Fraud billboards come down

By Cassandra Lans

In a major victory for voting rights supporters, Sunday evening Clear Channel confirmed to the media that it is pulling the controversial “voter fraud” billboards which have blanketed Milwaukee for the past two weeks. Last week community leaders in Milwaukee publicly called for the removal of the billboards.

Mike Wilder, director of the African-American Roundtable, and a member of the staff of Citizen Action of Wisconsin Education Fund, made the following statement on reports that Clear Channel Communications will take down the controversial voter intimidation billboards which has saturated the Milwaukee market in the past few weeks:

Clear Channel has removed more than 100 of the “Voter Fraud” billboards that were displayed in heavily populated minority communities, and the company is replacing them with billboards such as the one pictured above that instead encourage voter registration and early registration pro-bono.

“I am very pleased that Clear Channel is apparently doing the right thing less than a week since the African-American Roundtable publically called for them to be taken down. Voter Intimidation is an ugly tactic that unfortunately has plagued this country for far too long. For generations, many individuals in our great nation were not granted access to the polls due to gender, race & ethnicity and class. As a result, many became powerless and underrepresented by their own government. A democracy is strong when it ensures that all of its citizens participate and have a say in their government. The decision made by Clear Channel to take these voter intimidation billboards down and, in addition, put up positive billboards promoting voting gets us one small-yet-significant step closer to a stronger democracy.”

On the same day, Monday, Oct. 22, as the new billboards went up, Rev. Jesse Jackson lead a group of people to the Municipal Building for early voting. (Photo by Robert A. Bell)

Clear Channel said the foundation funding the signs was mistakenly allowed to remain anonymous when it bought the billboards, a violation of the company’s policy against accepting anonymous political ads.

“We reviewed the situation and in light of the fact that these billboards violate our policy of not accepting anonymous political ads, we asked the client how they would prefer to work with us to bring the boards into conformance with our policy,” Clear Channel spokesman Jim Cullinan wrote in an email. “The client thought the best solution was to take the boards down, so we’re in the process of removing them.”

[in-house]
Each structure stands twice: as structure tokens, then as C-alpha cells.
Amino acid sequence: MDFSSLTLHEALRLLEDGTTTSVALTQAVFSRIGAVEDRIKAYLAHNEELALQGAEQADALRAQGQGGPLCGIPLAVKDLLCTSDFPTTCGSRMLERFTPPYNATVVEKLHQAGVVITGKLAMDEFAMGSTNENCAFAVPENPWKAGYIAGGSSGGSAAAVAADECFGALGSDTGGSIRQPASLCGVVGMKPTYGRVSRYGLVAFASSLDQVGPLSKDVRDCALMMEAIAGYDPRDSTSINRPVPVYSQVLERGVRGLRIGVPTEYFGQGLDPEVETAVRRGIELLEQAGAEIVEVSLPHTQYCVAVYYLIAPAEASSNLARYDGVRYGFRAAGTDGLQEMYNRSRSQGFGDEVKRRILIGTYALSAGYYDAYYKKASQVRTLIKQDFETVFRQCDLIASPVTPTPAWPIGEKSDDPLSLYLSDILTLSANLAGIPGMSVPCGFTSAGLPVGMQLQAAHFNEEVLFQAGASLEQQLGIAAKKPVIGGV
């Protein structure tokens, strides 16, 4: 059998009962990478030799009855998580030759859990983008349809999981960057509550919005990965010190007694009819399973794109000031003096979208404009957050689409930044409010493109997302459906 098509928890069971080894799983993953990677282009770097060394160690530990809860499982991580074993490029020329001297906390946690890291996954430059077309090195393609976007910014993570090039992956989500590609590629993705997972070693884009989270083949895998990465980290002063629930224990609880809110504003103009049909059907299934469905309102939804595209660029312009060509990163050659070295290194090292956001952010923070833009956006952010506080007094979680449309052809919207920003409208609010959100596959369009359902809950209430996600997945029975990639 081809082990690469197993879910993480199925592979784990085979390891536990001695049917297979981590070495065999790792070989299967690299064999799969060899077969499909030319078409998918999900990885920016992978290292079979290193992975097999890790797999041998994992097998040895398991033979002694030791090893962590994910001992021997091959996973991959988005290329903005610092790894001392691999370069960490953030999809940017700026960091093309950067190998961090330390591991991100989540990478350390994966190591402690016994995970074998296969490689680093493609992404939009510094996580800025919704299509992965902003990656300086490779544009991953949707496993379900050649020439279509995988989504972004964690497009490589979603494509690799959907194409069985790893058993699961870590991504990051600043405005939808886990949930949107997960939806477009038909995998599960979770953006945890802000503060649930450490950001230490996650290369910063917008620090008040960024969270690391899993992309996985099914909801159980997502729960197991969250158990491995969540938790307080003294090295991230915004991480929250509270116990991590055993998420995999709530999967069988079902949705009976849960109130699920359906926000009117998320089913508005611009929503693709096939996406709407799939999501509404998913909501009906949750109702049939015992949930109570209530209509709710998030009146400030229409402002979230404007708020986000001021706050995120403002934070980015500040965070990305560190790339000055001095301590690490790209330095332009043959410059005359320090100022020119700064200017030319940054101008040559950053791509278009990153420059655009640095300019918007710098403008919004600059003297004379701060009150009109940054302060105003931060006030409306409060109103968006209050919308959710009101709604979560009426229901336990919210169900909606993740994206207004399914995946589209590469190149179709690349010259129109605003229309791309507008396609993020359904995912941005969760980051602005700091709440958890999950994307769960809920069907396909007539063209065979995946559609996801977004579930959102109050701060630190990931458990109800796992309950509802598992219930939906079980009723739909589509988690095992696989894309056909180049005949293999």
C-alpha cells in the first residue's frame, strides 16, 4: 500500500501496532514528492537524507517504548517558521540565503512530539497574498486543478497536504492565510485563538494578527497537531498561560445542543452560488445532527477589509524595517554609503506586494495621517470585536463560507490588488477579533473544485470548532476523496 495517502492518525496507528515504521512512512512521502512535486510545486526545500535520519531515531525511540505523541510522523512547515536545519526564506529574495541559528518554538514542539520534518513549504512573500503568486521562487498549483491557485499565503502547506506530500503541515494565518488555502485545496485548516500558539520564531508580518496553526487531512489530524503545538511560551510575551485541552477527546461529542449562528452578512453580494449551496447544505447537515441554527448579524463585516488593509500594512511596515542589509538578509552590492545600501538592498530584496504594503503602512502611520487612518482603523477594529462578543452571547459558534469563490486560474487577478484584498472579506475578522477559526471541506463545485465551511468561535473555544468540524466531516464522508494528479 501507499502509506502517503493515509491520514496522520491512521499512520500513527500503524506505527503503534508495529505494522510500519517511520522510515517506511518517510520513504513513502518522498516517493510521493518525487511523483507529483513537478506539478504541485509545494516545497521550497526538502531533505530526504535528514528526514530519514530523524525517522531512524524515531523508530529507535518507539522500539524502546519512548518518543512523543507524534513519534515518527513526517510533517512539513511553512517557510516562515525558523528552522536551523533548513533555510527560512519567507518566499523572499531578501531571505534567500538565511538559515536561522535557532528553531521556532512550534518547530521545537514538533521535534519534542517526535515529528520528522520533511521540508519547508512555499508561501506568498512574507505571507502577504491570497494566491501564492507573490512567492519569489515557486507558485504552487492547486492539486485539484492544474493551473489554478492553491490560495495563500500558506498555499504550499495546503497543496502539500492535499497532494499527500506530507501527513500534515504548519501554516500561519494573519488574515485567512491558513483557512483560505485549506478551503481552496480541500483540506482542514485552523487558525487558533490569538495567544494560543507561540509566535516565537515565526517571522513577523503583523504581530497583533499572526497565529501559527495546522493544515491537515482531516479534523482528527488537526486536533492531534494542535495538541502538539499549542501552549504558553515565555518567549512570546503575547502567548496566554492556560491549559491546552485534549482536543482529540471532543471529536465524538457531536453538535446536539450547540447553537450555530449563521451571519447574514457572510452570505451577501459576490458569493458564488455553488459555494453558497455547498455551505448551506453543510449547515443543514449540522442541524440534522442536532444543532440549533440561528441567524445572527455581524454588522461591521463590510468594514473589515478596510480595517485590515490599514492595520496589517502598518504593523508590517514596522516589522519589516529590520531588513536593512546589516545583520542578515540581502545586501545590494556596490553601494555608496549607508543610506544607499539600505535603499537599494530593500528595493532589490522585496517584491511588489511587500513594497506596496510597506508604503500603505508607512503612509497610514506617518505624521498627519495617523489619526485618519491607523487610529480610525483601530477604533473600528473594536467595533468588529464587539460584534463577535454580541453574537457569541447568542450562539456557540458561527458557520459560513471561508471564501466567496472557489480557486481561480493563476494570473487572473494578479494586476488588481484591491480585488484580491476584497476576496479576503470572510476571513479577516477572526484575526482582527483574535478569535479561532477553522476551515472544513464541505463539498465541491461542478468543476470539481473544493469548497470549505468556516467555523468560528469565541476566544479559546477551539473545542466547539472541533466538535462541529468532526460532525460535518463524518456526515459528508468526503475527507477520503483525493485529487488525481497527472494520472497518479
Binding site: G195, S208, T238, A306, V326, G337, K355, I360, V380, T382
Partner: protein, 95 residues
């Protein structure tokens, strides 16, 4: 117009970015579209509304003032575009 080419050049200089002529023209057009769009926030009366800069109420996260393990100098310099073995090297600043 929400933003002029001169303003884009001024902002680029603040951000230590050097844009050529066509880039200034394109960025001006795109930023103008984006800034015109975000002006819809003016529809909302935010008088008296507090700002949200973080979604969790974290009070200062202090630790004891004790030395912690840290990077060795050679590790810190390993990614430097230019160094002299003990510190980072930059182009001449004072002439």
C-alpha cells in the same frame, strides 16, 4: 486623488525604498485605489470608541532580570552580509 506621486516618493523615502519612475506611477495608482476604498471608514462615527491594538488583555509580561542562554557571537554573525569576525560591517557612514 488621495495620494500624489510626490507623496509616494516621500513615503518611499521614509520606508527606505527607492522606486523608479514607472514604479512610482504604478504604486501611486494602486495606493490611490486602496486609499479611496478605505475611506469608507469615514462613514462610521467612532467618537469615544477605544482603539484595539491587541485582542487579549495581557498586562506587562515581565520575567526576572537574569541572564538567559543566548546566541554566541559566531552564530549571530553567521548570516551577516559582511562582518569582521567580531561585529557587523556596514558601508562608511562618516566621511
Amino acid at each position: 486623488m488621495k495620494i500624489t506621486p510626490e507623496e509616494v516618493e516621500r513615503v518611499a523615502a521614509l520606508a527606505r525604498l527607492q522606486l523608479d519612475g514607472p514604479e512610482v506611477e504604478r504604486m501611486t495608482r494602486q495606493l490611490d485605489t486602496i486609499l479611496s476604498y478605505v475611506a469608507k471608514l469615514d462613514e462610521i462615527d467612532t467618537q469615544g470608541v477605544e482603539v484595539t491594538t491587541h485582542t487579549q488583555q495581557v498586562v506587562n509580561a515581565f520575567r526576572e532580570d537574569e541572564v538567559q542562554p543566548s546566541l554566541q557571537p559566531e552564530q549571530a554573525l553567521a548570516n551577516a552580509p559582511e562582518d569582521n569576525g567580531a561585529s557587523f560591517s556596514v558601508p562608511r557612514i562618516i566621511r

Republicans have led the controversial efforts to curb voter fraud this year, as Democrats argue voter ID laws, tighter regulations on voter registration drives, and efforts to roll back early voting tend to depress turnout and hurt Democratic candidates. Civil rights groups argue that voter fraud is so rare—two recent elections have shown a fraud rate of 0.00004 percent—that it’s not worth instating Voter ID rules that could discourage legitimate voters.

These billboards were strategically placed in battle ground states, and particularly in Black and Latino neighborhoods in Cleveland, Columbus and Milwaukee.

It was learned on Monday, that Clear Channel is donating digital billboard spots to help broaden City of Milwaukee voting and election messaging in the remaining few weeks prior to the November 6 presidential election, according to Common Council president Willie L. Hines, Jr.

Rev. Jesse Jackson participated in an “Early Vote Rally’ at MATC on Monday, Oct. 22, the same day that the new Clear Channel billboards went up, replacing the “Voter Fraud” billboards. (Photo By Darin Dubinsky)

President Hines said Clear Channel Outdoor, which in the past has made similar in-kind donations of zero cost (or heavily discounted) digital billboard spots and bus shelter ads for messaging from the Milwaukee Health Department, the Milwaukee Police Department, the Me2 Milwaukee Energy Efficiency program, the Fireworks Task Force, MPS and other agencies, is partnering with the city’s Election Commission to provide the valuable, awareness- raising election information.

“The billboard messages will be brief and will provide voters with online and phone contact information, as well as valuable information to help them find polling locations and the fact that they can vote absentee in-person (prior to November 6) if they so choose,” President Hines said.

Mark Rausch, vice president of real estate and public affairs for Clear Channel Outdoor, said he welcomes the opportunity to assist in helping provide the public with important voting and election information. “Our billboards are well positioned across the city and metro area, and we believe that our contribution of providing proper voting information for city residents will be a positive one as we get closer to November 6,” Mr. Rausch said.